Tuesday, January 20, 2009

DOCA Announces 2008 Recipients of MAYOR'S AWARDS FOR EXCELLENCE IN THE ARTS - Free community reception February 18

(DENVER) Mayor John Hickenlooper, the Denver Office of Cultural Affairs and Denver Commission on Cultural Affairs are pleased to announce the 2008 recipients of the Mayor's Awards for Excellence in the Arts.  The 2008 honorees are Charles Burrell, Denver Young Artists Orchestra, Su Teatro and The Bloomsbury Review.   In addition, the Mayor's Cultural Legacy Award will be presented to Noël Congdon.  More information on the honorees is included below.  
The 2008 Mayor's Awards for Excellence in the Arts reception will be held on Wednesday, February 18,2009 from 6:30 p.m. to 7:30 p.m. (doors open at 5:30 p.m.) at the Ellie Caulkins Opera House in the Denver Performing Arts Complex, 14th St. & Curtis St.  Mayor Hickenlooper will present the awards to the honorees at the event.  The public is invited to attend this free community celebration.  Seating will be first-come, first-served; no RSVP necessary. 
Performances for the evening will include: Rocky Mountain Children's Choir, Sweet Edge Dance Company and Purnell Steen & Le Jazz Machine. 
Since 1986, the Mayor's Awards for Excellence in the Arts annually recognize individuals and organizations that have made significant and lasting contributions to the arts in the City and County of Denver
2008 Awardees:
Mayor's Awards for Excellence in the Arts
Charles Burrell
Growing up in Detroit, jazz and classical bassist Charles Burrell fell in love with music early.  "I wanted to be the first Black to play in a major orchestra so my Black brothers would have someplace to go," stated Burrell.  His first bass teacher, principal bassist of the Detroit Symphony, agreed to teach him on the condition that he promise not to play the classics.  He practiced the forbidden pieces at home.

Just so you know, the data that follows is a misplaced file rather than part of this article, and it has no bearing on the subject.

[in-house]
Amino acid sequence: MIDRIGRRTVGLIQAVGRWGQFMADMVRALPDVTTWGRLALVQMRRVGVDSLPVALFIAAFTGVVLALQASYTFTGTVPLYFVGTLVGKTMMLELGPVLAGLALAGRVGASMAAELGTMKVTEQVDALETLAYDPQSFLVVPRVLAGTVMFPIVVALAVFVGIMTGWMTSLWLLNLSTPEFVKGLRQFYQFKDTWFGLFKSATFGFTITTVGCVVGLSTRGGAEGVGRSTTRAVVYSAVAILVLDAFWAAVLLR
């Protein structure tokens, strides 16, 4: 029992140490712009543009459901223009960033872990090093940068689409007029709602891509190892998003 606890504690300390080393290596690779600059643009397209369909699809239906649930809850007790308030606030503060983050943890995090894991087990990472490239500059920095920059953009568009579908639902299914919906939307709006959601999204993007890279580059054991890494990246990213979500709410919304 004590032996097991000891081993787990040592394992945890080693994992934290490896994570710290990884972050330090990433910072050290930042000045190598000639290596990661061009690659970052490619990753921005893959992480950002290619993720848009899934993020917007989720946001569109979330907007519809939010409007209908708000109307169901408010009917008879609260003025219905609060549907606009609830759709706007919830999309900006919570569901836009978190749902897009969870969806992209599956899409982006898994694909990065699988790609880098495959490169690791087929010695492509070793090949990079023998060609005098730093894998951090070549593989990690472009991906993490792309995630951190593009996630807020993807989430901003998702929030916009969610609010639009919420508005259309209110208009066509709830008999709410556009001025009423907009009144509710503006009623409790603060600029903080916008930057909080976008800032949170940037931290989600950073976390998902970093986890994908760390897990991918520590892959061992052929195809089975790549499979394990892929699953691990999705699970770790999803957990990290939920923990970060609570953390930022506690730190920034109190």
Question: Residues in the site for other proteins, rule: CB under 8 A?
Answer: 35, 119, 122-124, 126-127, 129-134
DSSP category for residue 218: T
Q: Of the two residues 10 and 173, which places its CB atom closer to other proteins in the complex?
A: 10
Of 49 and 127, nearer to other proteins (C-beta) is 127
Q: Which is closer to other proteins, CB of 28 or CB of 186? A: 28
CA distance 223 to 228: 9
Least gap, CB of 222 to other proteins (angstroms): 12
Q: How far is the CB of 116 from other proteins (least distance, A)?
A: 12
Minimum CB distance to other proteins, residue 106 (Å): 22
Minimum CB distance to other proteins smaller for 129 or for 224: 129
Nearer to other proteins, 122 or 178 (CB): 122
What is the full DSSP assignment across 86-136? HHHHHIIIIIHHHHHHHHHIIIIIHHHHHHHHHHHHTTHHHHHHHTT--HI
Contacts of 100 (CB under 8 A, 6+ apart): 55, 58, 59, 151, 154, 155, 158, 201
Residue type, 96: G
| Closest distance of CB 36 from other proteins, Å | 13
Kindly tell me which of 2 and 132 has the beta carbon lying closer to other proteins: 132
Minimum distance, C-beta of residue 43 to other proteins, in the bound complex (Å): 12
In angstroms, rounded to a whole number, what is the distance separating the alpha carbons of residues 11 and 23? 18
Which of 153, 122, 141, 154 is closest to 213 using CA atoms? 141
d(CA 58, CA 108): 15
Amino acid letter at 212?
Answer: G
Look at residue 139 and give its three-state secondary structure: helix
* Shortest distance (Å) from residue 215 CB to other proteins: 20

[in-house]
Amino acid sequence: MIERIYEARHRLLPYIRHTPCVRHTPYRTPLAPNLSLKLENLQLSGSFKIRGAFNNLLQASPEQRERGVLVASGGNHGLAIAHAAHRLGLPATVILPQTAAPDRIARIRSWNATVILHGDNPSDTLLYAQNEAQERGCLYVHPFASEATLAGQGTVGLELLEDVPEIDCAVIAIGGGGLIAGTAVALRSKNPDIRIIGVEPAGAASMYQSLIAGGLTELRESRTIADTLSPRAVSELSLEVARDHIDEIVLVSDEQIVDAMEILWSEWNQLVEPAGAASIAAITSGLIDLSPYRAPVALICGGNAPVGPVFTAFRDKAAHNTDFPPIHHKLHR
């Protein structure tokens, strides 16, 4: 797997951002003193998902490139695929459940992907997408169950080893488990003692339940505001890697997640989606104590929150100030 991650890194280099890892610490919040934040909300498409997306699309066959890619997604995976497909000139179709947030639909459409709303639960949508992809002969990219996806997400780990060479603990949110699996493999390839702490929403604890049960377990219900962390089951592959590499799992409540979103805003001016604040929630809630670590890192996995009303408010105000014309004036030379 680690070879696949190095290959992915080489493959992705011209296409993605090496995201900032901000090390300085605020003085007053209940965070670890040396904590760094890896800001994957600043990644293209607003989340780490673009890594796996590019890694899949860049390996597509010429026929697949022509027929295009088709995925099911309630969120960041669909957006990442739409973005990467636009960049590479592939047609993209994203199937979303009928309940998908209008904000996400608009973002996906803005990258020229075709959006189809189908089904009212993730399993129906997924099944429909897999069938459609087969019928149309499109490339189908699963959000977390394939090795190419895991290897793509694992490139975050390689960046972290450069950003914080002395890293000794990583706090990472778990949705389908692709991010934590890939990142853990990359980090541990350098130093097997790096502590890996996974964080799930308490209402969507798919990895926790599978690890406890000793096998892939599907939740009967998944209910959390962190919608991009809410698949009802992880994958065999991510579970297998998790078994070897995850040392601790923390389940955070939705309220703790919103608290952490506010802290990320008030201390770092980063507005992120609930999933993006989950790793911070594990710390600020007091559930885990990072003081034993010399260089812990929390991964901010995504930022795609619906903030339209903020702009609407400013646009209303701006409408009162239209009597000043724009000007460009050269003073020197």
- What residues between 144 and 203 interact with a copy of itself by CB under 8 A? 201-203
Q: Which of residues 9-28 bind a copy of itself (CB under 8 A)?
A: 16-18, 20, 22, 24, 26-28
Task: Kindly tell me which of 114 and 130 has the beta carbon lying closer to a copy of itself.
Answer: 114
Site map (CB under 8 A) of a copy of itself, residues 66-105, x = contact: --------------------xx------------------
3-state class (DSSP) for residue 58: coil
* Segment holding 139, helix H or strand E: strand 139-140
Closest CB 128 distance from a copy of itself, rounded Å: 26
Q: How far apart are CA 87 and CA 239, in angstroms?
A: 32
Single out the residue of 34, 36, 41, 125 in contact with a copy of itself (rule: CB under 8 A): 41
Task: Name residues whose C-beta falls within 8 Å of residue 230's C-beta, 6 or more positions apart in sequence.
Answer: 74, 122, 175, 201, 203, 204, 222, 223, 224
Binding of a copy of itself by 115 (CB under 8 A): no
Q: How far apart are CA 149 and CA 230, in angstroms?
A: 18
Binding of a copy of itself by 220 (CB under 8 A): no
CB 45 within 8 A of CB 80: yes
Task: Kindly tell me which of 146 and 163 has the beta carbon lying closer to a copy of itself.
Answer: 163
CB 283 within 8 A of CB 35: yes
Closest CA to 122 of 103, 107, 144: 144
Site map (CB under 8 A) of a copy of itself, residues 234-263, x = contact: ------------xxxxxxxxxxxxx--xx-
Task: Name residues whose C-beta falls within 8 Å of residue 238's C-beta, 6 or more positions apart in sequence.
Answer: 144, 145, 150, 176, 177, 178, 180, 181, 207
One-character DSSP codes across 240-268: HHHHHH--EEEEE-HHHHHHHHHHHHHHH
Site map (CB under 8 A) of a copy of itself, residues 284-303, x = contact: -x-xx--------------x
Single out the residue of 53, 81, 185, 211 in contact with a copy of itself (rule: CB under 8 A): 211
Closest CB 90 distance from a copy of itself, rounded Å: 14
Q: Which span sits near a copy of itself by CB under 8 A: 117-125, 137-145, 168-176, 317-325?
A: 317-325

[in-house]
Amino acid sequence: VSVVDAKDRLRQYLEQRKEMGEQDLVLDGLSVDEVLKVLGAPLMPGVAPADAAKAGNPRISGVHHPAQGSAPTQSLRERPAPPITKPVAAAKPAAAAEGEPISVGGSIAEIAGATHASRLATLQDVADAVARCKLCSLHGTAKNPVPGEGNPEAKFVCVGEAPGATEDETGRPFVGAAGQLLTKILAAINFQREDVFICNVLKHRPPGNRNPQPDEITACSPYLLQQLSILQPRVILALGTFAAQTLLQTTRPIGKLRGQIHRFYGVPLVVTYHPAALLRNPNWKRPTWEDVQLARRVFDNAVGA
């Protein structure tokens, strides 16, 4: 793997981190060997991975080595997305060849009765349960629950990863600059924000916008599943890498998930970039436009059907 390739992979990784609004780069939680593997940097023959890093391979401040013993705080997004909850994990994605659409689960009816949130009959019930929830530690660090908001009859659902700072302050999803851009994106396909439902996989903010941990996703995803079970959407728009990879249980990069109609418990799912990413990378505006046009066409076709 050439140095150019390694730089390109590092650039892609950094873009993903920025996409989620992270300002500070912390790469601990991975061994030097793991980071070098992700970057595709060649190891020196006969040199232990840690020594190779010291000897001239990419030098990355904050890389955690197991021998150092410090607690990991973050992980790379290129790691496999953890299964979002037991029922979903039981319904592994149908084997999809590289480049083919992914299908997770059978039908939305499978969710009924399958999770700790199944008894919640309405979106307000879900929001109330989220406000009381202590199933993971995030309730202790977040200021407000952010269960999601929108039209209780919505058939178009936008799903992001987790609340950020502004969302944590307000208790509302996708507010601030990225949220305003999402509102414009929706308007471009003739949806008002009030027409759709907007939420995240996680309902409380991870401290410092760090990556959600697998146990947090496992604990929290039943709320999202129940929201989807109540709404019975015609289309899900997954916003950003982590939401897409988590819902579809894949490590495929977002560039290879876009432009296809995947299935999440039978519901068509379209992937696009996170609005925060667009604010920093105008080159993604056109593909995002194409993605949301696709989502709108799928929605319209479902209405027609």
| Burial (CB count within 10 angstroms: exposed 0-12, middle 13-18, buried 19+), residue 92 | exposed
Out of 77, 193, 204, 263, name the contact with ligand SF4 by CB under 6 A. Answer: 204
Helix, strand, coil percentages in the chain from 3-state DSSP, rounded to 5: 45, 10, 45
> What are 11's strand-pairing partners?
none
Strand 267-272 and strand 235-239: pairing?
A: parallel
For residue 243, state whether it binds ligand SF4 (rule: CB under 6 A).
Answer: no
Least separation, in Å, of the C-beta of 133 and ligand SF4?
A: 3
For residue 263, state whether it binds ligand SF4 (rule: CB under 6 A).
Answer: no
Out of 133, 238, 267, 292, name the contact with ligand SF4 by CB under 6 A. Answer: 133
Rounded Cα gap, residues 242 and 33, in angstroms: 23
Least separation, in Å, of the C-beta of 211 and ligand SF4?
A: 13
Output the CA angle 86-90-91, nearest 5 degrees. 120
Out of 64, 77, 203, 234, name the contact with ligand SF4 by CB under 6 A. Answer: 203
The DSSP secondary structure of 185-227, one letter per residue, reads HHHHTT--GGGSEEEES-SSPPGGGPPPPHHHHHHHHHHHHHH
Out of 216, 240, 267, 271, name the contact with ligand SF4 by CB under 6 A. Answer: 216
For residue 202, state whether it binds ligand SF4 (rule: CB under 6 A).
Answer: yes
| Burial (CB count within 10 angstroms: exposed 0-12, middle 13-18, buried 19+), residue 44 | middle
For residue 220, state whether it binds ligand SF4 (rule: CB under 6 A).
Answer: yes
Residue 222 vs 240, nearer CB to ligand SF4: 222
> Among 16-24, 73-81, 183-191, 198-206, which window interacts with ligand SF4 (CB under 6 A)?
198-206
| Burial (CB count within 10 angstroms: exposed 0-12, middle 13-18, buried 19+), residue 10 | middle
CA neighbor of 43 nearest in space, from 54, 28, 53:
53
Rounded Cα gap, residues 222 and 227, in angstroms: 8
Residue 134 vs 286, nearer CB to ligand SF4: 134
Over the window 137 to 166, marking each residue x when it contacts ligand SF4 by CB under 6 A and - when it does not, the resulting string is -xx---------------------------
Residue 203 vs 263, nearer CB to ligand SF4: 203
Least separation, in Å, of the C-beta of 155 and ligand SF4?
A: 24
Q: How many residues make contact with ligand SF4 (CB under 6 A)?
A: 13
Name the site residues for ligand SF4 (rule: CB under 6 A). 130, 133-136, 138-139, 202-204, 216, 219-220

Burrell attended the New England Conservatory of Music before serving for four years in the Navy.  He later completed his degree requirements at Wayne State University in Detroit, only to be told by the Administrator for the Detroit School System that a Black would not teach music there as long as he was Administrator. 
Burrell came to Denver in 1949 to pursue his teaching certification.  He joined the Denver Symphony shortly thereafter, helping to break the color barrier for orchestras nationwide.  Burrell set a musical standard of excellence for himself and others, mentoring many, including family members George Duke and Dianne Reeves to successful careers. 
At 88 years old, Burrell continues to share his gift with the people of Denver
Denver Young Artists Orchestra
Denver Young Artists Orchestra (DYAO) was founded in 1977 and has become one of the country's leading youth orchestras.  DYAO's mission is to provide the finest possible youth orchestra programs, inspiring and educating young musicians through the performance of great works of music and offering valuable cultural opportunities to the community. 
DYAO's Music Director is Scott O'Neil, associate conductor of the Colorado Symphony Orchestra.  DYAO's more than 170 musicians form three ensembles, DYAO, the Conservatory Orchestra, and the String Ensemble.  Members range in age from 8 to 23, and represent over 60 schools from across Colorado.   Each season DYAO presents seven concerts in venues such as Boettcher Concert Hall. 
DYAO is Colorado's only youth orchestra to perform "side-by-side" with the Colorado Symphony Orchestra.  Additionally, DYAO has performed numerous international concert tours, most recently toArgentina in 2007.  Alumni of DYAO have matured into performing with prestigious orchestral organizations such as the Chicago and Boston Symphonies. 
DYAO has a strong commitment to reach out to the community through a variety of outreach programs, including providing free tickets to senior centers, schools and nonprofit organizations.  Last year DYAO reached nearly 10,000 people through its combined activities.